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**44 states require students to take certain courses to graduate from high school**

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**23 states require Algebra I**

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**16 states require Geometry**

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**Only 8 states require Algebra II**

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**Algebra II critical for college and work**

High school graduates extremely or very well prepared for expectations of college/work The number and difficulty of core classes taken in high school is strongly associated with how prepared high school graduates feel for the math-related challenges of college and the workplace. O College students who took Algebra II or higher-level math courses in high school are more than twice as likely to feel prepared for the math they are expected to do in college (60 percent feel well prepared) as students who did not take Algebra II (26 percent). O Sixty-eight percent of those who took Algebra II or higher feel prepared for the math they are expected to do at work, compared with 46 percent of those who did not take Algebra II. Source: Peter D. Hart Research Associates/Public Opinion Strategies, Rising to the Challenge: Are High School Graduates Prepared for College and Work? prepared for Achieve, Inc., 2005.

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**A strong high school curriculum**

A strong high school curriculum* improves college completion and narrows gaps 13% 30% Clifford Adelman, a researcher at the U.S. Department of Education, reviewed student transcripts as part of a longitudinal study. In his report, Answers in the Toolbox, Adelman considers which high school indicator best predicts college success (i.e., degree earned): curricular rigor, test scores or class rank. Among all college students, there is a 30 percent gap in college completion rates between white and African American students. However, that gap narrows significantly when students take a rigorous college-prep curriculum in high school. The data are a stunning endorsement of what curricular intensity and quality can do, particularly for African American and Latino students. *Completing at least Algebra II plus other courses. Source: Adapted from Adelman, Clifford, U.S. Department of Education, Answers in the Toolbox, 1999.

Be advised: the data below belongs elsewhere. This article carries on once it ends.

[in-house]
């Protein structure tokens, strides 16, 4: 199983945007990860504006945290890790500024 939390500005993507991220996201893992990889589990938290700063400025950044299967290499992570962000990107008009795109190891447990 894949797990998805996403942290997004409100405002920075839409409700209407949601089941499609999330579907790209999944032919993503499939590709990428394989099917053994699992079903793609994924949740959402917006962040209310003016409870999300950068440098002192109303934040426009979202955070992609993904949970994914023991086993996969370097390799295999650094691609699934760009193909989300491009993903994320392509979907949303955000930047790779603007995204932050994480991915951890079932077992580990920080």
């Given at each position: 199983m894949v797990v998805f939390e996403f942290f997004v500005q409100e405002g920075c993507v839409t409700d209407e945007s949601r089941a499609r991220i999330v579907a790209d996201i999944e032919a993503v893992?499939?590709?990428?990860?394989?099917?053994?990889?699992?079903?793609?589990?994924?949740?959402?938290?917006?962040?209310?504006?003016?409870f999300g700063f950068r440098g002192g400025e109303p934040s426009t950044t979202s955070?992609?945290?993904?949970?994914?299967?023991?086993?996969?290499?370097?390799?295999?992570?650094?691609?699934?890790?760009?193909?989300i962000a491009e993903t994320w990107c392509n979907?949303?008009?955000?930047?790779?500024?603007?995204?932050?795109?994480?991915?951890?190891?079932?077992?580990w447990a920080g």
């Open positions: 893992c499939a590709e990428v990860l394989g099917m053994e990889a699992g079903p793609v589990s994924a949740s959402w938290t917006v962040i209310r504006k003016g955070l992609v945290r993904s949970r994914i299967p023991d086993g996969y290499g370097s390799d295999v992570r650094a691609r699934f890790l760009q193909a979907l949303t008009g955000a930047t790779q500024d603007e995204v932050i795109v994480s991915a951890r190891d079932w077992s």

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**Only four in 10 high school students complete a college- and work-ready math curriculum**

Taking a math course beyond Algebra II* by graduation (2002) The Council of Chief State School Officers (CCSSO) issues a biennial report that estimates the percentage of high school students who have completed advanced math and science courses. To make such estimates for the class of 2002, CCSSO divided the total course enrollment in grades 9–12 in fall 2001 by the estimated number of students who were part of the class of 2002 cohort during four years of high school. O CCSSO estimates that the percentage of high school students in the United States taking math courses beyond Algebra II (i.e., Trigonometry and/or Precalculus) by graduation in 2002 was 41 percent, up 12 percentage points from a decade earlier. NOTE: From Clifford Adelman’s Answers in the Toolbox: “Of all the components of curriculum intensity and quality, none has such an obvious and powerful relationship to ultimate completion of degrees as the highest level of mathematics one studies in high school. This is a very critical equity issue because not all high schools … offer their students the opportunity to learn the higher levels of mathematics that propel people toward degrees — no matter what their eventual major field of study. [T]he precise point at which opportunity to learn makes the greatest difference in long-term degree completion occurs at the first step beyond Algebra 2, whether trigonometry or pre-calculus.” *Trigonometry or Precalculus. Source: Council of Chief State School Officers, State Indicators of Science and Mathematics Education 2002, 2003, p. 27.